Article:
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Residents of Racecourse View in Lyndhurst plan petition to stop A337 rat-run

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RESIDENTS tired of motorists using roads in Lyndhurst as rat-runs are to gather a petition asking Hampshire Council Council to take action.

The plan emerged at a meeting of the parish council in which residents spoke at length about the problems faced in many areas of the village.

Villager Tina Simmonds said she spoke on behalf of many residents who had reported a huge increase in vehicles leaving the A337 and using residential roads to bypass the queues before rejoining further along the route.

Residents say making Racecourse View a no entry road would solve the problem
Residents say making Racecourse View a no entry road would solve the problem

She pointed to problem roads and areas including Racecourse View, Goose Green, Wellands Road and Emery Down, as well as Clarence Road, Pemberton Road and The Custards.

Ms Simmonds said the narrow residential roads were being reduced in width even further by people parking their cars, which made the number of vehicles speeding through even more dangerous for pedestrians.

An increase in vehicles had caused sinkholes, she added, and a resident had recently fallen in one.

She said: "Drivers will intimidate pedestrians, and often they get a torrent of abuse from motorists. Elderly residents have to choose their moments to go out [and] people are at constant risk of injury.

"Residents have put up with this issue for 20 years but the catalyst has now been reached."

She asked for support from the parish council and Cllr Edward Heron, who is HCC's representative for the area, to solve the issue.

When asked what residents would support, she said a no-entry restriction on Racecourse View would improve the situation "instantly".

However, Cllr Heron told the meeting the situation was not dangerous enough for cash to be committed by HCC, which is currently planning spending cuts of £80m amid reduced government funding.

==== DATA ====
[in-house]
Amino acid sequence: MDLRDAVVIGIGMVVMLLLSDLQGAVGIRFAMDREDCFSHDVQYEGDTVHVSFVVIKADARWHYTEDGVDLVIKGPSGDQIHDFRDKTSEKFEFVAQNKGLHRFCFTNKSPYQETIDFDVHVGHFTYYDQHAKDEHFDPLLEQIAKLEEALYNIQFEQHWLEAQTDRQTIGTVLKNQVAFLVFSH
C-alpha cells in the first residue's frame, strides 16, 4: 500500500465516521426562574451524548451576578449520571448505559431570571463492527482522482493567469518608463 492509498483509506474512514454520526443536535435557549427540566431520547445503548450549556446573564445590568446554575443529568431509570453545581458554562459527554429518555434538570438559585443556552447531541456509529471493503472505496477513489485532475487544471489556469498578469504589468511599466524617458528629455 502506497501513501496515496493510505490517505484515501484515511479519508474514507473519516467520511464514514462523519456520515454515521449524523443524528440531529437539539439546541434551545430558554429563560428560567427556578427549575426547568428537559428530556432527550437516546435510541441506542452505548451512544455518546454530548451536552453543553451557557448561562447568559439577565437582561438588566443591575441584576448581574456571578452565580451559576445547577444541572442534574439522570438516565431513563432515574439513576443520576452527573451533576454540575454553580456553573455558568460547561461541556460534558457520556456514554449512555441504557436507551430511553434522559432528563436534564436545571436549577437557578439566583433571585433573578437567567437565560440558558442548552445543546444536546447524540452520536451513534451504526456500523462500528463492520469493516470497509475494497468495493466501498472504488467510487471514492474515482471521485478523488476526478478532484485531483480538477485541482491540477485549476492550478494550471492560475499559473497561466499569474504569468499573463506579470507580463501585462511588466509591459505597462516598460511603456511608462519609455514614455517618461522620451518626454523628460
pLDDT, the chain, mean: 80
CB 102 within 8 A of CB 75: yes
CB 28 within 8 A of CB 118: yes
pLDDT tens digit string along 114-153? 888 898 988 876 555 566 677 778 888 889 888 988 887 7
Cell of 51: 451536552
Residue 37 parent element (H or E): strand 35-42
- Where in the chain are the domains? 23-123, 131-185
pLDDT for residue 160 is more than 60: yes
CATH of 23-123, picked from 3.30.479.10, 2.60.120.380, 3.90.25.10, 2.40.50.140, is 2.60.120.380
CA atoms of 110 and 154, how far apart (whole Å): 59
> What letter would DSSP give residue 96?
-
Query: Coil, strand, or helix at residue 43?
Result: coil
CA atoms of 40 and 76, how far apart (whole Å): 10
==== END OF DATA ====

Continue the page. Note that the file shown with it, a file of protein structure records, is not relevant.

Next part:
He explained: "As a general rule, we have to prioritise the road safety budget and we have criteria for that – we invest in areas which are the most dangerous, which have seen serious incidents or deaths.

"The practicalities are, with the limited budget, we don't get out of that first list to look at other areas of community concern. Because there have been no casualties, it would be unlikely to get funding."

He said the next steps would be for residents to gather a petition to submit to HCC, which would then carry out data monitoring.

But he added: "There is real concern that if you do something to one area, then you could significantly alter the traffic flow of other roads. It is not going to be easy thing to deliver and I make no promises."

Cllr Adrian Wiltshire told the meeting that changing the phasing of the traffic lights at the top of the High Street might help traffic flow better and stop motorists cutting through residential roads.

He said: "It is certainly not a cure, but I think the sequencing of the lights could help. When it is the New Forest Show, we don't get these issues."

As reported in the A&T, the county council has outlined three ways to improve pedestrian safety in the other parts of the village, with the most expensive being the creation of a new footway from Chapel Lane to Shrubbs Hill Road costing £23,000. Bollards could be added to the edge of a crossing point on the A35 at Goose Green, as well as new signage, at a cost of £4,000.

A further £3,000 could be spent on road markings on the north side of Goose Green to slow vehicles by creating a narrower, single-lane carriageway on the approach to the Chapel Lane/Shrubbs Hill Lane junction.

However, HCC warned residents would have to find ways to fund the schemes themselves.

Cllr Hilary Brand, who is the district councillor for the area, told the meeting she was still looking into possible grants for the work.

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